Language Line

Queens Public Library Adds On-Demand, Live Phone Interpretation Service In 240+ Languages At Every Location

LanguageLine Allows Speakers of Different Languages to Communicate with the Assistance of an Interpreter 

 Queens, NY_Queens Public Library today announced that every branch now offers live phone interpreting services in more than 240 languages, ensuring greater access to its collections, programs and services in the most ethnically and culturally diverse area in the country.

According to the 2020 Census, half of the population of Queens was born outside of the U.S. and more than 28 percent of the borough’s population have limited English proficiency. Those residents often need additional assistance the most, as they try to build a new life in the U.S. while navigating the complex systems of housing, education, healthcare, employment, and more.

At each QPL location, a reference or circulation desk is now equipped with a phone that has two handsets. After identifying their language from a chart, customers can have a three-way communication with a library staff and an interpreter. 

In the four months since Queens Public Library first began testing the LanguageLine service, QPL librarians at numerous locations across the borough, from Central and Flushing to Poppenhusen, Queensboro Hill and South Ozone Park, were able to assist customers speaking Spanish, Mandarin, Cantonese, French, Arabic, Pashto, Russian and Urdu, among other languages.

 “Offering live, on-demand interpretation services by phone in one of the most linguistically diverse areas in the world builds on our longstanding commitment to serving all New Yorkers, whatever languages they speak,” said Queens Public Library President and CEO Dennis M. Walcott. “Our goal is to ensure that every person coming through our doors receives the assistance they need to be successful in their lives, and the introduction of LanguageLine, with interpretation in more than 240 languages, removes a significant barrier.”

In 2019, when Queens Public Library launched its “Renewed Promise to the Public,” a long-term initiative to honor and serve the diversity of our customers and communities, we also adopted a new tagline – “We Speak Your Language.” While taken figuratively, it means that we understand our customers, are here for them, and will help them get where they want to go, whatever their interests, needs, or circumstances, taken literally, the tagline means that we aspire to speak the many native languages of Queens residents.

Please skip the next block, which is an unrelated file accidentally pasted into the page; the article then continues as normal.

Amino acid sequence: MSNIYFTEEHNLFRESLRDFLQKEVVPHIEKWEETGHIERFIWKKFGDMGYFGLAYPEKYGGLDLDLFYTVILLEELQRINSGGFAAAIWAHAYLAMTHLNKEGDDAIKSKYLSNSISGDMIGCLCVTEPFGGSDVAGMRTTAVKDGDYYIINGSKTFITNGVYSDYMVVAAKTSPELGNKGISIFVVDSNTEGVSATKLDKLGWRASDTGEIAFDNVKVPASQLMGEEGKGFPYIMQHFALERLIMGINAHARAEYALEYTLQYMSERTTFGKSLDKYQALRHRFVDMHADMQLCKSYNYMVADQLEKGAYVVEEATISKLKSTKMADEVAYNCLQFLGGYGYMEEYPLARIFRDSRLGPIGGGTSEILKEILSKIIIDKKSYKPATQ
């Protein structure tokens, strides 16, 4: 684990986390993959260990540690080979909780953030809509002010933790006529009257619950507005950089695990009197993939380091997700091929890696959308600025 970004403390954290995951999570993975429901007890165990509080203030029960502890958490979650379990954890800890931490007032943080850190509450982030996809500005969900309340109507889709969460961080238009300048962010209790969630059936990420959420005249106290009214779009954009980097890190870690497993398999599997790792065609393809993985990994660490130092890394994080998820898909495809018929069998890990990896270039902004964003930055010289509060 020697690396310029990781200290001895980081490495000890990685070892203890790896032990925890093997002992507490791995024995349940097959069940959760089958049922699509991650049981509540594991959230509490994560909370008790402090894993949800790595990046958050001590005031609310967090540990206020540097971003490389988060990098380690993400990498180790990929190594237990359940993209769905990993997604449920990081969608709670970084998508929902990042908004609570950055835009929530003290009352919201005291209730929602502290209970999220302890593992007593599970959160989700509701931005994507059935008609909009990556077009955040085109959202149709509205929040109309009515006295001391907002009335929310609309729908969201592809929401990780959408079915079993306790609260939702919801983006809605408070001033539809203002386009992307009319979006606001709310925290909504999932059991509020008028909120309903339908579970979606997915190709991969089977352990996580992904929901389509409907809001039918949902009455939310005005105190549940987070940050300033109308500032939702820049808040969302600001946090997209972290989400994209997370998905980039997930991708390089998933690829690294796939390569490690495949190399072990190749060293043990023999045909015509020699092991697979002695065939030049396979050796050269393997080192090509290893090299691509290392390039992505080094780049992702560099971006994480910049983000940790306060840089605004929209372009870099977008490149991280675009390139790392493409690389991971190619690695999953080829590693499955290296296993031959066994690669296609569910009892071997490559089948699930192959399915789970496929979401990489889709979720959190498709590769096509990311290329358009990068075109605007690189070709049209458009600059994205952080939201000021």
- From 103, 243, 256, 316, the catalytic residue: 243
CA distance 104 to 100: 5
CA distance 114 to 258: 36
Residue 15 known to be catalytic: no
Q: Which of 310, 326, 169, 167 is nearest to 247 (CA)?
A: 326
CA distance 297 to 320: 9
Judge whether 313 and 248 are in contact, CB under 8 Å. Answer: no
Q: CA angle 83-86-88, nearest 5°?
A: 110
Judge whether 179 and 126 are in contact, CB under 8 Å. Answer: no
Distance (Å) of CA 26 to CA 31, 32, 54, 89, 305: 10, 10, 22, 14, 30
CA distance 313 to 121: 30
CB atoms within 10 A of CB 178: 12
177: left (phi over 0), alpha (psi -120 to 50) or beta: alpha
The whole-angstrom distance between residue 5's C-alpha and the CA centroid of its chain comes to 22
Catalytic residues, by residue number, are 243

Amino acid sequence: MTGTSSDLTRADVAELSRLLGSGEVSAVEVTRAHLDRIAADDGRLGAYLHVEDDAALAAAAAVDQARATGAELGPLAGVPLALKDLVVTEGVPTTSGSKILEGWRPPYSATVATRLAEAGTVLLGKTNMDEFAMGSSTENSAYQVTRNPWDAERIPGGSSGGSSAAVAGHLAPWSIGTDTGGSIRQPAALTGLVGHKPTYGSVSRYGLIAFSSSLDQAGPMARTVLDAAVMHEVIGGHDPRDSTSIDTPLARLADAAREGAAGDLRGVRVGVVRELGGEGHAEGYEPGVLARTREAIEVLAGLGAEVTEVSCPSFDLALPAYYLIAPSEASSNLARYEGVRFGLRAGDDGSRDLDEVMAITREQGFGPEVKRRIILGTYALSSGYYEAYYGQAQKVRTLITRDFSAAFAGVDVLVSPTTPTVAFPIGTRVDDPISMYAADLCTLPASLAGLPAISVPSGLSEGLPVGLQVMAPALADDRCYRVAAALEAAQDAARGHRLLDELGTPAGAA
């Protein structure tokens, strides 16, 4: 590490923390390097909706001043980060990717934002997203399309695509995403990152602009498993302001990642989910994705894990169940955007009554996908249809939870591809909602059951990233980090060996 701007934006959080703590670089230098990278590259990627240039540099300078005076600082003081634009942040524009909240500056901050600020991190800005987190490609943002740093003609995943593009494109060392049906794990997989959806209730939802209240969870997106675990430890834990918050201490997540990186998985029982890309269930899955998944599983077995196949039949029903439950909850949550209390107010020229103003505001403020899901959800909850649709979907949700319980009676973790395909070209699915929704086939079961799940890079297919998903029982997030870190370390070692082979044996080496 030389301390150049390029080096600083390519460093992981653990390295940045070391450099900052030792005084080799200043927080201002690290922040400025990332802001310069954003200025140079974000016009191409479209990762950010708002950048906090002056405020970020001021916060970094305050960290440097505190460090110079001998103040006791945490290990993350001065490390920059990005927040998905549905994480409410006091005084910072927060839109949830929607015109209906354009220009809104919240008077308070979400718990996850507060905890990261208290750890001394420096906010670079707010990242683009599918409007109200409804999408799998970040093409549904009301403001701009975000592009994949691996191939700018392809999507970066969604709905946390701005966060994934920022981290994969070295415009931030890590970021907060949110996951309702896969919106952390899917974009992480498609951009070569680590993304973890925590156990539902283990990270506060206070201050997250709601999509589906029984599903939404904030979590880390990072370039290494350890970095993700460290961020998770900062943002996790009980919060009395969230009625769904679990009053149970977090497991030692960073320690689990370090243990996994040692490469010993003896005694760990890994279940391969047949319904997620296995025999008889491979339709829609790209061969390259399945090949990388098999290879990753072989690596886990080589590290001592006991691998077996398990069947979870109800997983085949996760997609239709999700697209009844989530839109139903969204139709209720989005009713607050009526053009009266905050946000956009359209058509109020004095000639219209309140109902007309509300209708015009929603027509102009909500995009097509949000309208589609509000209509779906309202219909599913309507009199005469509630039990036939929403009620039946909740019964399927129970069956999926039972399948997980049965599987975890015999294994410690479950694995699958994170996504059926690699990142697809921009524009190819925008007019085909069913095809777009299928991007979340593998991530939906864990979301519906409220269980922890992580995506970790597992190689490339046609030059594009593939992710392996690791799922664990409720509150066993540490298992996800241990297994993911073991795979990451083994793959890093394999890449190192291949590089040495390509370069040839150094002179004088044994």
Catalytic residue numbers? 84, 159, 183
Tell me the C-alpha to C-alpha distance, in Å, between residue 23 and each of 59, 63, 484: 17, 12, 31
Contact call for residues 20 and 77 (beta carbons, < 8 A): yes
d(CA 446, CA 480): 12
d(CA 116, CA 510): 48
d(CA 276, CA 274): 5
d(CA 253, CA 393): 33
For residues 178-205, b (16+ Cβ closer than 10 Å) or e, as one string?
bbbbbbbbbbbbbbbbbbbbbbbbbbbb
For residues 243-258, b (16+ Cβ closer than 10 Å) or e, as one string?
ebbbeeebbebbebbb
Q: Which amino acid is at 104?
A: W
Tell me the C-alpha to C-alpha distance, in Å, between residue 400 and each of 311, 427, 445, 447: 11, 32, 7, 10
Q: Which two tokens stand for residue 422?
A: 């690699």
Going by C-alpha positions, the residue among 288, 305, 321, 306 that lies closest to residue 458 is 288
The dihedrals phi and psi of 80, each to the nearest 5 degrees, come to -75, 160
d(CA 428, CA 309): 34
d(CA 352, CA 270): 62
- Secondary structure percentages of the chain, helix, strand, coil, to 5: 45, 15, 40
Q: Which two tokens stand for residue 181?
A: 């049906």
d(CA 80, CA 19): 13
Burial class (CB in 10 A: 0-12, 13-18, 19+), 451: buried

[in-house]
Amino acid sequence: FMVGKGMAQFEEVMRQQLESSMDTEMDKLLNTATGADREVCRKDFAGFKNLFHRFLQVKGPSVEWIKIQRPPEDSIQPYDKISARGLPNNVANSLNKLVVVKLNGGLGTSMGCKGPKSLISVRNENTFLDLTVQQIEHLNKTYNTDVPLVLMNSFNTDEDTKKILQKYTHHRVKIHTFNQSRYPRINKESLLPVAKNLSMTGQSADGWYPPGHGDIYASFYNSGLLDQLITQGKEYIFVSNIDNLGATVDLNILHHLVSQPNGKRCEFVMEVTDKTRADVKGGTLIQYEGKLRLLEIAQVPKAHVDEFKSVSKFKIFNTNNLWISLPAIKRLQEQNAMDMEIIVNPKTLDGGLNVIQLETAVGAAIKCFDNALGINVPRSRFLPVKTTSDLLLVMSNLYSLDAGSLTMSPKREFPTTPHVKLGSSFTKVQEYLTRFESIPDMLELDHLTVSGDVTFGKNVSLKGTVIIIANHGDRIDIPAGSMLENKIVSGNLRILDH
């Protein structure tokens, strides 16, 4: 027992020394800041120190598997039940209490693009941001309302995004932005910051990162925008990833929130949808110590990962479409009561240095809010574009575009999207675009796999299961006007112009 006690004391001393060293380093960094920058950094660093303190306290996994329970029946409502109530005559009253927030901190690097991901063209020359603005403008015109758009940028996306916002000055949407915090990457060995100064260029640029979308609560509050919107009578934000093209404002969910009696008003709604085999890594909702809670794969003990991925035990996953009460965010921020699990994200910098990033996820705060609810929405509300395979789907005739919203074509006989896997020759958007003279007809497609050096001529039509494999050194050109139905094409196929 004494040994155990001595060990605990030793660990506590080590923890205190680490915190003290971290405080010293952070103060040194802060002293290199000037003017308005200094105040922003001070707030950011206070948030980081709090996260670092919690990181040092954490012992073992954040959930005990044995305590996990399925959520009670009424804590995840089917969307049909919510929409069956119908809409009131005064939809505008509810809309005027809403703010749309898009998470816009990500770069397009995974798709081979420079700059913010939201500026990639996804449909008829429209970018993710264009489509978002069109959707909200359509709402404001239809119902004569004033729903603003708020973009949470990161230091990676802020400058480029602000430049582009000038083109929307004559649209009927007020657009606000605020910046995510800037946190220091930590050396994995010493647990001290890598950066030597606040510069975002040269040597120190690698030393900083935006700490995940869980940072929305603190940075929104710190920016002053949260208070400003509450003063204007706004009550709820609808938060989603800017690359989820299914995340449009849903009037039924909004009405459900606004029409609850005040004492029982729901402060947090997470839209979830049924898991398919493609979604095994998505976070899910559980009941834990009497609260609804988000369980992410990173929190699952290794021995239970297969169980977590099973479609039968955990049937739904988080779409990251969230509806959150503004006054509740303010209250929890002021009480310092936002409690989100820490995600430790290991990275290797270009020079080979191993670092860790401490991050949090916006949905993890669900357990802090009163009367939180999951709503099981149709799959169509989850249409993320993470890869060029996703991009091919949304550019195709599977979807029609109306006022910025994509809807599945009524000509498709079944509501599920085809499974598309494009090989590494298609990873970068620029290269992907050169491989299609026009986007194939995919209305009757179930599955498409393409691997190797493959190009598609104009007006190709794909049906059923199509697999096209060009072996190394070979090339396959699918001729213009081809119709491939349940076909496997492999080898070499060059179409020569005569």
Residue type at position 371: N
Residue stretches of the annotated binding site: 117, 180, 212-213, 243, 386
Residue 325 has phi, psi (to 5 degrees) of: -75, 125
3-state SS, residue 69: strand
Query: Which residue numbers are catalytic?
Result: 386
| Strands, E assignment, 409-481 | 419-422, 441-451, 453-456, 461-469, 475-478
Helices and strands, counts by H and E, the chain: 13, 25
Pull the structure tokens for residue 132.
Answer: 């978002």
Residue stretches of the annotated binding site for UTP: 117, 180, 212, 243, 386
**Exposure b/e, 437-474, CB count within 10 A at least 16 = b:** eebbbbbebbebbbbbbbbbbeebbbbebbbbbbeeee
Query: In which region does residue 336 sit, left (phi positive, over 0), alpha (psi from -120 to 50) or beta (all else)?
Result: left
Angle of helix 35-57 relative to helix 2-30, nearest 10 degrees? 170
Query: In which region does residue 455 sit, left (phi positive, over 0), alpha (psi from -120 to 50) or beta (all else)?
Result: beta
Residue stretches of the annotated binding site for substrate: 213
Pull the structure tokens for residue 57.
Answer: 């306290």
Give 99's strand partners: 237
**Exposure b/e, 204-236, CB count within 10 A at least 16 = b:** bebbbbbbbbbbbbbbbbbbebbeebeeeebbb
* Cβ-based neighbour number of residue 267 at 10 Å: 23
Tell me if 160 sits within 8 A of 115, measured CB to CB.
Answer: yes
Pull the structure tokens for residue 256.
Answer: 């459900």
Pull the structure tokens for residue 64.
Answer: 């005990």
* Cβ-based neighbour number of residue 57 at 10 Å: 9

At that time, in order to help bridge the language gap and provide our immigrant customers with high quality service, all QPL locations received tablets dedicated to Google Translate so staff could have conversations in multiple languages with customers. The Library also introduced Travis translation devices at every site, which can translate speech into another language and speak it back.

In 2020, the Library had been planning to introduce access to LanguageLine, a new service offering telephone interpretation via an 800 number, especially useful for lesser-known languages. But the pandemic put a two-year pause on the rollout. 

“Residents of Queens speak over 190 languages and with the introduction of LanguageLine at all of our locations, our customers can now receive assistance in their preferred language with just a phone call from a staff member to a live interpreter,” said Fred Gitner, Assistant Director of New Initiatives & Partnership Liaison at the QPL’s New Americans Program, which coordinates the Library’s many multilingual programs and immigrant services. “Now, we can truly say that at Queens Public Library, we speak your language!”

The Library’s IT team is also in the process of installing an upgrade to the QPL mobile app that translates its content into 96 languages through a dropdown menu, allowing people greater access to our resources when they are on the go. This new feature is currently available in Android and will soon be available in iOS as well.

For more information about Queens Public Library’s programs and services for immigrants offered in multiple languages, go here.




Queens Public Library (QPL) transforms lives by cultivating personal and intellectual growth and by building strong communities. It is one of the largest and busiest public library systems in the United States, dedicated to serving the most ethnically and culturally diverse area in the country. 

An independent, non-profit organization founded in 1896, Queens Public Library offers free access to a collection of more than 5.4 million books and other materials in 200 languages, technology, and digital resources. Prior to the pandemic, the Library hosted more than 87,500 educational, cultural, and civic programs annually and welcomed 11.4 million visitors through its doors.   

Nearly every Queens resident lives within a mile of QPL’s 66 locations, including branch libraries, a Central Library, seven adult learning centers, a technology center located in the nation’s largest public housing complex, two teen centers, two bookmobiles, and a book bicycle. For more information, visit 


Contact: Ewa Kern-Jedrychowska,, 917 702 0016